We can understand the Chinese only when considering their desire to take off the shameful memory. We can also understand why China has constantly protected North Korea and tried not to blame North Korea even after evidence showed Pyongyang sank a South Korean warship in a torpedo attack last March. In order to build a strong ground for the relationship with China, the Korean government must consider their psychological landscape when drawing up a policy.
Since the Korean Peninsula has a long border line with China, it is hit the first and the most by China`s aggressive imperialistic push. It has rarely been independent of China in its long history. China`s clout over North Korea is such that Pyongyang has become a vassal to Beijing in reality. South Korea is also within the influence of China.
Korea becoming a Finland with acquiescent policy
A small country siding with a strong power has to try to read the neighbor`s mind all the time. It should concede everything to the powerful neighbor. It ends up with Finlandization, a way for a small country to adjust itself to a bigger nation. Under the asymmetric power structure, a strong country chooses a policy of dominance while a small country opts for a policy of acquiescence.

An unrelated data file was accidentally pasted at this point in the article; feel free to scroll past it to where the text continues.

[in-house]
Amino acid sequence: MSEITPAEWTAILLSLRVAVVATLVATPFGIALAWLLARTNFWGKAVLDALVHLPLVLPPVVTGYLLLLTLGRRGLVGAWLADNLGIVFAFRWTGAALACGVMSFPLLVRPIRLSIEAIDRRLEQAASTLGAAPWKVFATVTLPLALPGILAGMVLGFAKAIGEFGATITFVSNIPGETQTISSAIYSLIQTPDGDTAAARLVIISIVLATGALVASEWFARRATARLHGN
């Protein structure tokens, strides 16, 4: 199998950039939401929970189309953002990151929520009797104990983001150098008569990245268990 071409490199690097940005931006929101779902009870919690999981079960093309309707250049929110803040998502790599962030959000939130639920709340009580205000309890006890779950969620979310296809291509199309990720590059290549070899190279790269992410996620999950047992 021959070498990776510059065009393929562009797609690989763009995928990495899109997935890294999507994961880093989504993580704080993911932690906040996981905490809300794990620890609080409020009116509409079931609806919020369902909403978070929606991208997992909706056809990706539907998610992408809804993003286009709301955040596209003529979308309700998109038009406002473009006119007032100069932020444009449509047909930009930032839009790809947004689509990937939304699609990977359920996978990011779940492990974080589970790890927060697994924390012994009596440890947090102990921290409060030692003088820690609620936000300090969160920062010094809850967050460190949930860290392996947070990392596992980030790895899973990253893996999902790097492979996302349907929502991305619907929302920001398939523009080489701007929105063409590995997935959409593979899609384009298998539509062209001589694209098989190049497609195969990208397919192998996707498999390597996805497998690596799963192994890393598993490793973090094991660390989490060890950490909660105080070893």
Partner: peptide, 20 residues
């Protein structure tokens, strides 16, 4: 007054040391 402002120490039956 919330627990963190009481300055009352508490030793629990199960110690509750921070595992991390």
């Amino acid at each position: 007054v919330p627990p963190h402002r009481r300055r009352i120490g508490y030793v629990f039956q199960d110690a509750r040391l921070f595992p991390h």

A small country with acquiescent policy can cope with the influence of the big power. One is no reaction, which comes when the small country is not well organized.
Second strategy is for an elite group to identify itself with the strong power and impose its own value system on the entire people. The imposed domination usually produces a puppet regime.
Last strategy is that the elite group tries to keep its own core value such as independence or autonomy with an appeasement policy towards the bigger neighbor. When the identity of a small country`s regime is different from that of the strong power, this strategy is quite common. They`re trying to find the best way while admitting its reliance on the big power. That`s why it is called adaptive acquiescence. The Finlandization is a typical form of adaptive acquiescence.